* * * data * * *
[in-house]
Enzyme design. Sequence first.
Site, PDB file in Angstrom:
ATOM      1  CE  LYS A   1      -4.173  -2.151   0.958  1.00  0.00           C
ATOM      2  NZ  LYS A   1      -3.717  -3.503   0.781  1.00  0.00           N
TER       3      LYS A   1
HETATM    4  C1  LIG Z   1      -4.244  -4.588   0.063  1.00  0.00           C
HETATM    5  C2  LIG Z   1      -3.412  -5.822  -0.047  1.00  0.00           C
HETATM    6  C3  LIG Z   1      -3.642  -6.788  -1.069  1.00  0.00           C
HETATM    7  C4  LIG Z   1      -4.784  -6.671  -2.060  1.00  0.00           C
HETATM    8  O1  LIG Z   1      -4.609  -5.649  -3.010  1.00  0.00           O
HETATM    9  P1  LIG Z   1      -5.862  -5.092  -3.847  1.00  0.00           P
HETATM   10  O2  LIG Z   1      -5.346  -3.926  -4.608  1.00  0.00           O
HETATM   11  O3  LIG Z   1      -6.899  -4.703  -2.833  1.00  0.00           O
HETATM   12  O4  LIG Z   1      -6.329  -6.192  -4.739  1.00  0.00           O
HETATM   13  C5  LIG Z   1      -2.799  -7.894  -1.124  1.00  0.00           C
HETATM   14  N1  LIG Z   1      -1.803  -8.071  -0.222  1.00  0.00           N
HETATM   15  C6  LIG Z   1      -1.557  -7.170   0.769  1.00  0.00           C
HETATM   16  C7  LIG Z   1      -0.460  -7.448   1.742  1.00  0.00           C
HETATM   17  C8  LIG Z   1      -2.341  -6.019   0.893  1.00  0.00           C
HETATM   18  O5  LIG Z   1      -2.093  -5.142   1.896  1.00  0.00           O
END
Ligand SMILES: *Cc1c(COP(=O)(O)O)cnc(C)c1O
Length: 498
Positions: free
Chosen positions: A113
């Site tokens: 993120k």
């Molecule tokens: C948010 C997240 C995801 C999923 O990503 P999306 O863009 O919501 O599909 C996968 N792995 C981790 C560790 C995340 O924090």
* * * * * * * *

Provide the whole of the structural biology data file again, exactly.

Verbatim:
[in-house]
Enzyme design. Sequence first.
Site, PDB file in Angstrom:
ATOM      1  CE  LYS A   1      -4.173  -2.151   0.958  1.00  0.00           C
ATOM      2  NZ  LYS A   1      -3.717  -3.503   0.781  1.00  0.00           N
TER       3      LYS A   1
HETATM    4  C1  LIG Z   1      -4.244  -4.588   0.063  1.00  0.00           C
HETATM    5  C2  LIG Z   1      -3.412  -5.822  -0.047  1.00  0.00           C
HETATM    6  C3  LIG Z   1      -3.642  -6.788  -1.069  1.00  0.00           C
HETATM    7  C4  LIG Z   1      -4.784  -6.671  -2.060  1.00  0.00           C
HETATM    8  O1  LIG Z   1      -4.609  -5.649  -3.010  1.00  0.00           O
HETATM    9  P1  LIG Z   1      -5.862  -5.092  -3.847  1.00  0.00           P
HETATM   10  O2  LIG Z   1      -5.346  -3.926  -4.608  1.00  0.00           O
HETATM   11  O3  LIG Z   1      -6.899  -4.703  -2.833  1.00  0.00           O
HETATM   12  O4  LIG Z   1      -6.329  -6.192  -4.739  1.00  0.00           O
HETATM   13  C5  LIG Z   1      -2.799  -7.894  -1.124  1.00  0.00           C
HETATM   14  N1  LIG Z   1      -1.803  -8.071  -0.222  1.00  0.00           N
HETATM   15  C6  LIG Z   1      -1.557  -7.170   0.769  1.00  0.00           C
HETATM   16  C7  LIG Z   1      -0.460  -7.448   1.742  1.00  0.00           C
HETATM   17  C8  LIG Z   1      -2.341  -6.019   0.893  1.00  0.00           C
HETATM   18  O5  LIG Z   1      -2.093  -5.142   1.896  1.00  0.00           O
END
Ligand SMILES: *Cc1c(COP(=O)(O)O)cnc(C)c1O
Length: 498
Positions: free
Chosen positions: A113
């Site tokens: 993120k």
């Molecule tokens: C948010 C997240 C995801 C999923 O990503 P999306 O863009 O919501 O599909 C996968 N792995 C981790 C560790 C995340 O924090």